Within a month, the 9th Circuit denied class certification when it refused to presume that an entire class relied on a product’s advertisements, but a small claims court awarded an individual plaintiff nearly $10,000 after she opted out of a similar class action. The two outcomes illustrate the effect of companies’ pleas for case-by-case relief: Consumers may heed recent decisions in Mazza and Wal-Mart and seek individual adjudication, but if they keep winning awards that are faster and more lucrative than a class action coupon, class settlement hearings may see more pushback from courts and objections by attorneys general.
In Mazza v. American Honda Motor Company, Inc., No. 09-55376 (9th Cir. Jan. 12, 2012), the 9th Circuit resisted recent trends when it refused to presume class-wide reliance. Though the California Supreme Court’s much-discussed holding in Tobacco II allowed a presumption that unnamed class members relied on misleading advertisements in making their purchases, the 9th Circuit found Mazza’s class overbroad because it was “unreasonable to assume that all class members” viewed Honda’s limited advertising campaign.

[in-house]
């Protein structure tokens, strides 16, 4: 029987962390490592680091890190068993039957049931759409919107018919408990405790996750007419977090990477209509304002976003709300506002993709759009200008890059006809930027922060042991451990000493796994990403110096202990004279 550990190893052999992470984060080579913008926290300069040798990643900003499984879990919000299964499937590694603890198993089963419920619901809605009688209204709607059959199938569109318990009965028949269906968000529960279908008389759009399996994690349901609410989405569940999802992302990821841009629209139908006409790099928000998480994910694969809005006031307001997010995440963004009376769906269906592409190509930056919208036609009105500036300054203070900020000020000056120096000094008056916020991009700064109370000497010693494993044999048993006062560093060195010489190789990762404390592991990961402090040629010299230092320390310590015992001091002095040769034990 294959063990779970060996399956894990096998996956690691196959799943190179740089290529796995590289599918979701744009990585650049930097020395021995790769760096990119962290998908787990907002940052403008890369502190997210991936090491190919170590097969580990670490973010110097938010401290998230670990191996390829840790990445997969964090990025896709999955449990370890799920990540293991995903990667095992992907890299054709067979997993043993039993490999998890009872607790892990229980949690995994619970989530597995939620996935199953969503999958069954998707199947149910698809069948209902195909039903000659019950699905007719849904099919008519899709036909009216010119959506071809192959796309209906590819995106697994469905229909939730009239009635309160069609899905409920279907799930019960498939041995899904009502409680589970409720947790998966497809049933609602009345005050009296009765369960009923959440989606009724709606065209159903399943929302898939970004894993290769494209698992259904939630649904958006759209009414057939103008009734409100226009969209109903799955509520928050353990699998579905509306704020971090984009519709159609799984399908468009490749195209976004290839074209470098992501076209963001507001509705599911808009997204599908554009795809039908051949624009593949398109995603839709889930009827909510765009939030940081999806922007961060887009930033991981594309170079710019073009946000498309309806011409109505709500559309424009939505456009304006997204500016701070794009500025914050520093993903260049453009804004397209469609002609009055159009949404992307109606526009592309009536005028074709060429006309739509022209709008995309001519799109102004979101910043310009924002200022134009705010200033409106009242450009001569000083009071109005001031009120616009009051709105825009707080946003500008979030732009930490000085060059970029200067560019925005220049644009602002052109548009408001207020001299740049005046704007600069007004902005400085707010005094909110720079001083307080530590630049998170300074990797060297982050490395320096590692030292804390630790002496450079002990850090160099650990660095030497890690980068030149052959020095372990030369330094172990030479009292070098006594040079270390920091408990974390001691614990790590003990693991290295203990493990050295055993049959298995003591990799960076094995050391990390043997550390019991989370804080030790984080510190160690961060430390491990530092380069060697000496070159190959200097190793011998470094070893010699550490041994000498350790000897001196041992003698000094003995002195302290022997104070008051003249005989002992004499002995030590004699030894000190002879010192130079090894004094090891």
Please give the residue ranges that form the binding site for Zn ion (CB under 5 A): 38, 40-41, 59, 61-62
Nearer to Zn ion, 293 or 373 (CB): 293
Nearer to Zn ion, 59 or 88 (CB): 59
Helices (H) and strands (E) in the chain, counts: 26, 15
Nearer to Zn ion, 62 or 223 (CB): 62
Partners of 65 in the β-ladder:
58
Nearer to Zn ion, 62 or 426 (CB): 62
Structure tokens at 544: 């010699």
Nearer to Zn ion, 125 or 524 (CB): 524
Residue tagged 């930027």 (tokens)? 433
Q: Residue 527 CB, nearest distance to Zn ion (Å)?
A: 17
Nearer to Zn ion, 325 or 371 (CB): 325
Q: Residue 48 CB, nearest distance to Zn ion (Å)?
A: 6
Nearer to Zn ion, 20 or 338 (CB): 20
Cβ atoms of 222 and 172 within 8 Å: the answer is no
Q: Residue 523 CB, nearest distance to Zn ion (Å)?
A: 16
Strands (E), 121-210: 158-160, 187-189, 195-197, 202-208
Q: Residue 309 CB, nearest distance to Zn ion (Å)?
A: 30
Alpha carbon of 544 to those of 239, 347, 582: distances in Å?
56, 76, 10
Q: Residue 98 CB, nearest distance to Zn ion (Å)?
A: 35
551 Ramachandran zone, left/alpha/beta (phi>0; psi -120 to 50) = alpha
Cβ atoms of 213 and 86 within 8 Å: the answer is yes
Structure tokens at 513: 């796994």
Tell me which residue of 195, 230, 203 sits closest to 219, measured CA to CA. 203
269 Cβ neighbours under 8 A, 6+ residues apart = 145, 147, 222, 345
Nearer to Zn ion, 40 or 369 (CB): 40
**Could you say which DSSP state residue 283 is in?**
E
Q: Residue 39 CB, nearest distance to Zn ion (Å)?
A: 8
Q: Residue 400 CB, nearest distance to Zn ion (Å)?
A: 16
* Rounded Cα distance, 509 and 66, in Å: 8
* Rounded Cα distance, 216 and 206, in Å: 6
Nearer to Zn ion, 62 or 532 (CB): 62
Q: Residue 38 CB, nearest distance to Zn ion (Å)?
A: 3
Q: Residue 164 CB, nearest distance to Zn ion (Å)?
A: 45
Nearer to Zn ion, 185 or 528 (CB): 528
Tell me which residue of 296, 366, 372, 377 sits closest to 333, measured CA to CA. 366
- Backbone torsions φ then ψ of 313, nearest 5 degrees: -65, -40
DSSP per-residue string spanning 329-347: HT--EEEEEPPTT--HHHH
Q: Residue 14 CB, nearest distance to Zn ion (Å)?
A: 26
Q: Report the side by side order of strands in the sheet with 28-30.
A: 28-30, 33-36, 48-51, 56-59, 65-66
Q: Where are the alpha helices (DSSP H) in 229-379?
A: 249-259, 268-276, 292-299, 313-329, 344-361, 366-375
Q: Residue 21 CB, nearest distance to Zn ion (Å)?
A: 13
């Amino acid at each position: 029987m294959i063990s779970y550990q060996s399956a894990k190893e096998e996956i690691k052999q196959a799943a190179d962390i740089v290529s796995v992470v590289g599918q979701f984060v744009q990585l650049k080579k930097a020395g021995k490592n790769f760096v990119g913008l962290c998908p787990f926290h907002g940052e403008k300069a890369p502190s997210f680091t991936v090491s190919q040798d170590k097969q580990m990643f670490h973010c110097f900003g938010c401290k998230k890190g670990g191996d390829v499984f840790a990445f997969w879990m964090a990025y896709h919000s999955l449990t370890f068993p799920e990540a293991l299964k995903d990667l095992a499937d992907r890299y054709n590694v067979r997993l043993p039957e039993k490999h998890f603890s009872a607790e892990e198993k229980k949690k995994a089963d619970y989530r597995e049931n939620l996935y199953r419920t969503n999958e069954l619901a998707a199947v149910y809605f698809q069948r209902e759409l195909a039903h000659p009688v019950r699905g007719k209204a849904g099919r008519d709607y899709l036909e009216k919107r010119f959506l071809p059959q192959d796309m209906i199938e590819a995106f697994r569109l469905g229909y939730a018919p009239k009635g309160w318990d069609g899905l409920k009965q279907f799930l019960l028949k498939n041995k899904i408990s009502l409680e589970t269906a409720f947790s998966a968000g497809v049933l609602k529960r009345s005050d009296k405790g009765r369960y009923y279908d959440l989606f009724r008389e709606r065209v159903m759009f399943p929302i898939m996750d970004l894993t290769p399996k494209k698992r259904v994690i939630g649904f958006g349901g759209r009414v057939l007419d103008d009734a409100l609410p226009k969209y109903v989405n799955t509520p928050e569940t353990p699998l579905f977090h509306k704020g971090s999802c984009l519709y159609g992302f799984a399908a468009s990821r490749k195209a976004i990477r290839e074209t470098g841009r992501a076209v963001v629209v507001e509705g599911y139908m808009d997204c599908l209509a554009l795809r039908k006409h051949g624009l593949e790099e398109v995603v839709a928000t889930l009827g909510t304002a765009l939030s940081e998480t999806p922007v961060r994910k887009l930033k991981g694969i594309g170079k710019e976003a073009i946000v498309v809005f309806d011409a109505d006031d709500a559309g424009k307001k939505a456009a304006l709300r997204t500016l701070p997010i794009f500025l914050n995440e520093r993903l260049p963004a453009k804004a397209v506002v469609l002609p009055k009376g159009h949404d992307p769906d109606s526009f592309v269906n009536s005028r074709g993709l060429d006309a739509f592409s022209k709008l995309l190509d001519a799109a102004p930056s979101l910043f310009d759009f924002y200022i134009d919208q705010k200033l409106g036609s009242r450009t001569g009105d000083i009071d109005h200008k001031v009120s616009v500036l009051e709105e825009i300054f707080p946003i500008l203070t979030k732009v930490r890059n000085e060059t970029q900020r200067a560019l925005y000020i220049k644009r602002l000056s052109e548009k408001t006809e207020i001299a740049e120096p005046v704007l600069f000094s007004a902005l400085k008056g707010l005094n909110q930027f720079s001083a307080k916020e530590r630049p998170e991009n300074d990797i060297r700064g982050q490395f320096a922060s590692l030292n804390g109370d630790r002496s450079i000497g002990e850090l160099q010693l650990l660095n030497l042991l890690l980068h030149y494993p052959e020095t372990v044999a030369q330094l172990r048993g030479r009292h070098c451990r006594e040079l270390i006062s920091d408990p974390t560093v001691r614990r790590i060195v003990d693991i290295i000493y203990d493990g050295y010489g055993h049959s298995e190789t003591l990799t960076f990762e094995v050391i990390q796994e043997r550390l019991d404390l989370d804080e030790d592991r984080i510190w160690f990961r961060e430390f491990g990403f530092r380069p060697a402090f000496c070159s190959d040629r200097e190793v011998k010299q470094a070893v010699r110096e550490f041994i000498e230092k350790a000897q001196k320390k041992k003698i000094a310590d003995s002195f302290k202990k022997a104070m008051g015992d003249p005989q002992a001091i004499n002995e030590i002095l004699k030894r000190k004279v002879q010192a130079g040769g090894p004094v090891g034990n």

While Mazza garnered headlines, a Torrance, Calif., small claims judge awarded nearly $10,000 to the owner of a Civic Hybrid for Honda’s misrepresentations of the car’s gas mileage capabilities. The owner, Heather Peters, had opted out of a class that is suing Honda in California on the same grounds. An attorney, Peters simply claimed that Honda “fraudulently” represented gas mileage, hybrid performance and the need for a software update. Since a small claims ruling is not limited to the plaintiff’s pleadings, the judge identified seven potential theories of relief, including claims under the CLRA, FAL and UCL.